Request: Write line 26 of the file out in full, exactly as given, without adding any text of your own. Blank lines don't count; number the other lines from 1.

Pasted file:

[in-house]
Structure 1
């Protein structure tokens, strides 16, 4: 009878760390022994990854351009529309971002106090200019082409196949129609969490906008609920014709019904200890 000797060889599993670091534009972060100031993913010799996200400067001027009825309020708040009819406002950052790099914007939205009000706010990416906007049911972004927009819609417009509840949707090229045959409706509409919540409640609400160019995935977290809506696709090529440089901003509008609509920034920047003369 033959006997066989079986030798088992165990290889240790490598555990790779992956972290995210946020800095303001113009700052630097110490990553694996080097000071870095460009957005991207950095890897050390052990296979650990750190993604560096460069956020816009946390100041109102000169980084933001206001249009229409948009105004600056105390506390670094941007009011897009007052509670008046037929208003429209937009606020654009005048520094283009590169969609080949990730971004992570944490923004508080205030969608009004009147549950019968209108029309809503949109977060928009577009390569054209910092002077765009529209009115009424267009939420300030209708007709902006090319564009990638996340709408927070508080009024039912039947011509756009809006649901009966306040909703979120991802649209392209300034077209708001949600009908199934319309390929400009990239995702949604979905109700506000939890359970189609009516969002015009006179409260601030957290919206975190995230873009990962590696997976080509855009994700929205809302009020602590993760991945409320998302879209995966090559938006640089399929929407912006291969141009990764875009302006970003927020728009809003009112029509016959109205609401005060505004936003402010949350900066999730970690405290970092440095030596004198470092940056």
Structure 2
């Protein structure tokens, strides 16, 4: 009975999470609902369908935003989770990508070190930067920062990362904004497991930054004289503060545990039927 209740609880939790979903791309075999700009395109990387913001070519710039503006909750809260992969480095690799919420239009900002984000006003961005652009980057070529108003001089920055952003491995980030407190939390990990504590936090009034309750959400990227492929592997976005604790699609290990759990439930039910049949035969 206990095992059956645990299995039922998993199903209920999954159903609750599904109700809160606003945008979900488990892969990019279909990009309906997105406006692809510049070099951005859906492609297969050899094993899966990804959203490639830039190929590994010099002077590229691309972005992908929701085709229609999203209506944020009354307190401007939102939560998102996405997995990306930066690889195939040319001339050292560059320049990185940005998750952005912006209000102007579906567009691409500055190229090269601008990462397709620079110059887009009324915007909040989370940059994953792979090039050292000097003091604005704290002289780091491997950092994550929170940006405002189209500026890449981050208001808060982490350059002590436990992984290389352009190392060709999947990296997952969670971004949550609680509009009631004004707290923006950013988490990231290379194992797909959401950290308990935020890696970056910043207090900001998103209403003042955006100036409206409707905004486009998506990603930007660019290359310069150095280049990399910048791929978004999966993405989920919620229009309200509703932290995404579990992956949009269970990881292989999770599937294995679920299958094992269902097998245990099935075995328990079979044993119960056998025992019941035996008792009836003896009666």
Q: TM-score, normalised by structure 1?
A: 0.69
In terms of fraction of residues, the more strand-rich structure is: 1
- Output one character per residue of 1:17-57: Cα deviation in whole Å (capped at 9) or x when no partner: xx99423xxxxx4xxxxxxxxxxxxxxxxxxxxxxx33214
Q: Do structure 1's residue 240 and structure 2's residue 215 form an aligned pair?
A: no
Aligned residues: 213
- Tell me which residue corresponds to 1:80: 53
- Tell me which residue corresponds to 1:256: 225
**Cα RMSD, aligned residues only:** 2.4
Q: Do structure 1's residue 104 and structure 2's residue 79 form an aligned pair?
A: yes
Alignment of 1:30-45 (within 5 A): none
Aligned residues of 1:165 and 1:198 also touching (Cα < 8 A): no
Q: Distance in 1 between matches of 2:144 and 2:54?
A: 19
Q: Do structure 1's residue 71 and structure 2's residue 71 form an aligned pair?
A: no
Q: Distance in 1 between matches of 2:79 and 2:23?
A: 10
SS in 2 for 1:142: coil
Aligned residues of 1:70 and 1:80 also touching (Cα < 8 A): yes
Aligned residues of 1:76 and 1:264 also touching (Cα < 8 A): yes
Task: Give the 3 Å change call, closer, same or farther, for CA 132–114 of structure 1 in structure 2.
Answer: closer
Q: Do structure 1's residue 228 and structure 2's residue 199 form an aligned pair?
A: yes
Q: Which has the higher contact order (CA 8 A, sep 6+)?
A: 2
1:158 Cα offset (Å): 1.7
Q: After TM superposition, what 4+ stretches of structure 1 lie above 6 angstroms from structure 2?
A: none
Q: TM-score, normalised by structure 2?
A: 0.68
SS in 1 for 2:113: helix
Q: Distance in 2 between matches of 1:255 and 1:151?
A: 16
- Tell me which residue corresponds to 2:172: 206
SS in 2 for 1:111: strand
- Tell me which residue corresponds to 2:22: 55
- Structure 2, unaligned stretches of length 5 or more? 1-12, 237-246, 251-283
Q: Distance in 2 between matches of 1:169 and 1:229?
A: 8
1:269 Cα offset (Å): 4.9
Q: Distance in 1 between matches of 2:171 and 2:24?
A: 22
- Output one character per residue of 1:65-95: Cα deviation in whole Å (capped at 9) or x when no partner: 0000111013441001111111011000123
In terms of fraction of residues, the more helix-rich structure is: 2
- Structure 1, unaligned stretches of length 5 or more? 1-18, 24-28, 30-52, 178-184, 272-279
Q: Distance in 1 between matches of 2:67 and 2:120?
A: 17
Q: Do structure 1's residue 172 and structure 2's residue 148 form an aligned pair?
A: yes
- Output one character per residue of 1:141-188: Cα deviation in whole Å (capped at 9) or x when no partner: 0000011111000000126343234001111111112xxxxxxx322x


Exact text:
SS in 2 for 1:142: coil